There was a lot of great playing Saturday night at the Manchester Craftmen's Guild -- a lot. However, I don't think that the playing itself by the Gary Burton Quartet, named for the vibraphone-playing leader, made that show.
I was even more impressed with the material, all but two tunes written by either Mr. Burton or members of the band. It's one thing to rip through a bunch of standards; it's another to sound like a real band doing your own stuff. And of course everyone got a chance to play.
The latter of two shows got started with the quick-paced "The Lookout," penned by guitarist Julian Lage, who also played the lead line using a very flat tone. "Jane Fonda Called Again" -- no symbolism to that title, Mr. Burton suggested -- was pleasant and meandering, almost waltz-like.
It's always appropriate to play some blues, and the soulful "Test of Time" delivered with a modulation during Mr. Burton's solo. He also opened the Keith Jarrett tune "In Your Quiet Place," which he said he recorded with Mr. Jarrett in 1970 or thereabouts, with a beautiful cadenza.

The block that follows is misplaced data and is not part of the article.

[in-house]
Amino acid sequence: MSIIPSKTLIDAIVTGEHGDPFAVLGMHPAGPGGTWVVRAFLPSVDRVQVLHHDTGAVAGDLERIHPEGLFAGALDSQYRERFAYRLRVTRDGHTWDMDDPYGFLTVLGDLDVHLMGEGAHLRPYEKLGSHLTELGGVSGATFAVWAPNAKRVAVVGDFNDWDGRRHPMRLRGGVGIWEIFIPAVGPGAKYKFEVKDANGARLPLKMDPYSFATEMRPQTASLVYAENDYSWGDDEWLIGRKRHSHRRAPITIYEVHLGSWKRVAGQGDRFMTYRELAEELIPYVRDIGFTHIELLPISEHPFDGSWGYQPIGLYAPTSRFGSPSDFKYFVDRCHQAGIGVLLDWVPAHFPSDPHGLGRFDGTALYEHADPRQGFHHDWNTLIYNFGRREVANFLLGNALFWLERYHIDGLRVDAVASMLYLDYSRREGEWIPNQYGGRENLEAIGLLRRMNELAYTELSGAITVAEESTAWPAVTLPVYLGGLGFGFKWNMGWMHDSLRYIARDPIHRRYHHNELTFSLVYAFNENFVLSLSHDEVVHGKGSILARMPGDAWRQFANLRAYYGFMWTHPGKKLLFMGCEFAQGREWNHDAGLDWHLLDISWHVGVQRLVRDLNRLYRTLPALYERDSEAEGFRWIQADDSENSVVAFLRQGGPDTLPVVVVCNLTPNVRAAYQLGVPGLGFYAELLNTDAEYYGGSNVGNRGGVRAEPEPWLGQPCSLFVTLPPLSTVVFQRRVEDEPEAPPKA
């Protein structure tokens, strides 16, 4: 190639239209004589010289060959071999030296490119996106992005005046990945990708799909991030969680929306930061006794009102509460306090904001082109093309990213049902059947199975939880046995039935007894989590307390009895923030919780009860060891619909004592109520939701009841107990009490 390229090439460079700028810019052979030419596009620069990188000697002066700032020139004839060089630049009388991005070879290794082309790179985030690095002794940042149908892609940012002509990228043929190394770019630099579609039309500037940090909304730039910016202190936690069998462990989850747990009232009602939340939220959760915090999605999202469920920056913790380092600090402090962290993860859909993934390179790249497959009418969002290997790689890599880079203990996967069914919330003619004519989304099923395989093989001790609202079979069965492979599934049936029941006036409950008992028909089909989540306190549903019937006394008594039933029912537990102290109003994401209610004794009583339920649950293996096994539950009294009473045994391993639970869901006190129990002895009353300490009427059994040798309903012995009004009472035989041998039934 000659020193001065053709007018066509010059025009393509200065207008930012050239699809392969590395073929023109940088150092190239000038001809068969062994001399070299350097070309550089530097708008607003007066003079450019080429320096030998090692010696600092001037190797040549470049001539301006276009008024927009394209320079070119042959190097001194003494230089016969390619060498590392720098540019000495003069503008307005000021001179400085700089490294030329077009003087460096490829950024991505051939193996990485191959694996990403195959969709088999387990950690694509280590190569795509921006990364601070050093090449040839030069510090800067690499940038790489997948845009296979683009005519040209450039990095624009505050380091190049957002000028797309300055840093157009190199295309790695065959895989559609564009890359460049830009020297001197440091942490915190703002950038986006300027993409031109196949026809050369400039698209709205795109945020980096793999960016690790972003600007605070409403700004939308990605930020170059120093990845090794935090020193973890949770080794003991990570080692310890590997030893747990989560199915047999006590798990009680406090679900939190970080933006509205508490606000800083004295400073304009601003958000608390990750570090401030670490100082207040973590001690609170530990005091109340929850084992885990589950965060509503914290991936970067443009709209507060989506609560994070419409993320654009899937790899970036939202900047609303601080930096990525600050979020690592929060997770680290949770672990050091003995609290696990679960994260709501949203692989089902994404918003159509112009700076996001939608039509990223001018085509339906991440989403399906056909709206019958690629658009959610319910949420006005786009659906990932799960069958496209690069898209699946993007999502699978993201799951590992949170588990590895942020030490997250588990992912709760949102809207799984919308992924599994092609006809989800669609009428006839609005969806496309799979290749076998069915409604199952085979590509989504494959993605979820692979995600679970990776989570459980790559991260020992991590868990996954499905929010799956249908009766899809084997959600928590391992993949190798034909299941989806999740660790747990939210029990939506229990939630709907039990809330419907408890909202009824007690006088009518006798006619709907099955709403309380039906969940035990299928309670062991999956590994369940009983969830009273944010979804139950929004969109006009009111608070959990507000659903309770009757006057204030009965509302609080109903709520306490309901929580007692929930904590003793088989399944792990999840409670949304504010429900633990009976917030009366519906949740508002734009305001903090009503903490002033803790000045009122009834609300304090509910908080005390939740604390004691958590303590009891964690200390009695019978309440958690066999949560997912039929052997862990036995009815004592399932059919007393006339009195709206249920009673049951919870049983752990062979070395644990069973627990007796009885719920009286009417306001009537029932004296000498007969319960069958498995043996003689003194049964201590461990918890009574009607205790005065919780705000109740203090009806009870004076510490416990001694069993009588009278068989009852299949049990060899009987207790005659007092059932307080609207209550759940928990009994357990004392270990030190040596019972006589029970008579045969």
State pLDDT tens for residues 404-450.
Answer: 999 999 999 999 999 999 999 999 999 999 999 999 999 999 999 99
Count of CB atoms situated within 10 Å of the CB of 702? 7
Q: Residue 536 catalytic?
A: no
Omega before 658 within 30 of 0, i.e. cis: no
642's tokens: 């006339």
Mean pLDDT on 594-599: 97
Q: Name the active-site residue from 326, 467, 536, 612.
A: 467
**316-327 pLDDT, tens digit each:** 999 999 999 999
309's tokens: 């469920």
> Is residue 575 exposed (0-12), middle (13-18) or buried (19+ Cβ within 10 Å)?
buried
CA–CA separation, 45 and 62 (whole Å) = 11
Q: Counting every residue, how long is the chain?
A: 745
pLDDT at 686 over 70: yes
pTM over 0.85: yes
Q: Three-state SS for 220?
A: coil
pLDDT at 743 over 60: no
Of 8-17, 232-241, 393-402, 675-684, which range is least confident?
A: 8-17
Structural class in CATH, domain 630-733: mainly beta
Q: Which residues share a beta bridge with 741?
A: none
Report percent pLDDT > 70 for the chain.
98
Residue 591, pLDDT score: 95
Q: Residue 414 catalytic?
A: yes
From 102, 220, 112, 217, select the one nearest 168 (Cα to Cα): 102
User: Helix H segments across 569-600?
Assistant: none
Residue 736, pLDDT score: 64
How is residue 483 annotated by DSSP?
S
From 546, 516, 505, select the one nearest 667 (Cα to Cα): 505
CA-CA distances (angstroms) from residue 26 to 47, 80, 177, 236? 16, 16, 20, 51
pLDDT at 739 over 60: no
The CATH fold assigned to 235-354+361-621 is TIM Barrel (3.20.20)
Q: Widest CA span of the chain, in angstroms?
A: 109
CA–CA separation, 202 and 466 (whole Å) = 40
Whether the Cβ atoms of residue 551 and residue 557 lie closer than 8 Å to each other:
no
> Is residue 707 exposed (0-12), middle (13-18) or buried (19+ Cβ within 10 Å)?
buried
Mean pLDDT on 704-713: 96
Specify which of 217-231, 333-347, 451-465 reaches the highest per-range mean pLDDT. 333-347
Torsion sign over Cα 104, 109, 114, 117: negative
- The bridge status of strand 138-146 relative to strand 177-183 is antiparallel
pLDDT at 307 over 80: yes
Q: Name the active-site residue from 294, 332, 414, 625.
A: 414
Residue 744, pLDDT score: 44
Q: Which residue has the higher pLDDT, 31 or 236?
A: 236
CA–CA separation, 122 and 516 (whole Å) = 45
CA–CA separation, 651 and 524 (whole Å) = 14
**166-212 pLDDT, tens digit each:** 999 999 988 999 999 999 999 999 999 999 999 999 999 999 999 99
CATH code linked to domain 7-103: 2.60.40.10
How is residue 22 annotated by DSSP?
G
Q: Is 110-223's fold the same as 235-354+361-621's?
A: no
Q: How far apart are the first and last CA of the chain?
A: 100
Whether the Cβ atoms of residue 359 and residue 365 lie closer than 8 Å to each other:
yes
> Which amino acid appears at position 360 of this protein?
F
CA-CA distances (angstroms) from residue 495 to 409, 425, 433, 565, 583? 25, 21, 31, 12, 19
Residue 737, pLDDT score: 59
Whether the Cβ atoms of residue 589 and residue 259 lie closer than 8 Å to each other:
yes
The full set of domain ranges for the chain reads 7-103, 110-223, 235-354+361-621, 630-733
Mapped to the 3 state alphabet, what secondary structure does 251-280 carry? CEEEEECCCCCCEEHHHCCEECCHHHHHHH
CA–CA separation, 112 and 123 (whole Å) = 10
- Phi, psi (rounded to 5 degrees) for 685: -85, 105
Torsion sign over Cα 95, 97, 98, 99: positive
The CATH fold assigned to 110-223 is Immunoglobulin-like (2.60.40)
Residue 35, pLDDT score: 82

"Caminos," written by drummer Antonio Sanchez, was probably the most complex number, starting out with a unison line by Mr. Burton, Mr. Lage and bassist Scott Colley. Not far behind that was the fast swinger "Did You Get That?" The number provided Mr. Sanchez a bit of room to stretch out.
The band did an encore with "Bags' Groove," Mr. Burton's tribute to the late Milt Jackson, who wrote the tune and, he said afterwards, recorded it 12 times.
My only complaint was that Mr. Colley could barely be heard and Mr. Sanchez overpowered everything else at times. But that would be quibbling.musicreviews
Rick Nowlin: email@example.com or 412-263-3871.